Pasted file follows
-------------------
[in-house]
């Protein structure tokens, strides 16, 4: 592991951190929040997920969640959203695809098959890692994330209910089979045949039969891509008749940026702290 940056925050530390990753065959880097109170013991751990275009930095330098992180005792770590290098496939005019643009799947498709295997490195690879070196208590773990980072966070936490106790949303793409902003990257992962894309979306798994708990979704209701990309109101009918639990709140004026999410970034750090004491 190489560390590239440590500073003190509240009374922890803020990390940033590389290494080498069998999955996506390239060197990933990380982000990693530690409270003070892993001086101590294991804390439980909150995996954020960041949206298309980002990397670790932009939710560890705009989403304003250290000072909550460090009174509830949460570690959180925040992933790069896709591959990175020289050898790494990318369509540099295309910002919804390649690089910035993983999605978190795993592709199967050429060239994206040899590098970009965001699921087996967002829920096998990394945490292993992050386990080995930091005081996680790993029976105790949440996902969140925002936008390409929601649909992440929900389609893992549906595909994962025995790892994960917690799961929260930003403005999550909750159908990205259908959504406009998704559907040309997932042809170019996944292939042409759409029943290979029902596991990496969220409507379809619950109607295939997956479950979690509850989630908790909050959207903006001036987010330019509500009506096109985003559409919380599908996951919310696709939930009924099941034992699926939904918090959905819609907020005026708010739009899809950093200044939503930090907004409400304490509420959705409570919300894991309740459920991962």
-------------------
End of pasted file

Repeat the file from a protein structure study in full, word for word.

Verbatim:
[in-house]
């Protein structure tokens, strides 16, 4: 592991951190929040997920969640959203695809098959890692994330209910089979045949039969891509008749940026702290 940056925050530390990753065959880097109170013991751990275009930095330098992180005792770590290098496939005019643009799947498709295997490195690879070196208590773990980072966070936490106790949303793409902003990257992962894309979306798994708990979704209701990309109101009918639990709140004026999410970034750090004491 190489560390590239440590500073003190509240009374922890803020990390940033590389290494080498069998999955996506390239060197990933990380982000990693530690409270003070892993001086101590294991804390439980909150995996954020960041949206298309980002990397670790932009939710560890705009989403304003250290000072909550460090009174509830949460570690959180925040992933790069896709591959990175020289050898790494990318369509540099295309910002919804390649690089910035993983999605978190795993592709199967050429060239994206040899590098970009965001699921087996967002829920096998990394945490292993992050386990080995930091005081996680790993029976105790949440996902969140925002936008390409929601649909992440929900389609893992549906595909994962025995790892994960917690799961929260930003403005999550909750159908990205259908959504406009998704559907040309997932042809170019996944292939042409759409029943290979029902596991990496969220409507379809619950109607295939997956479950979690509850989630908790909050959207903006001036987010330019509500009506096109985003559409919380599908996951919310696709939930009924099941034992699926939904918090959905819609907020005026708010739009899809950093200044939503930090907004409400304490509420959705409570919300894991309740459920991962």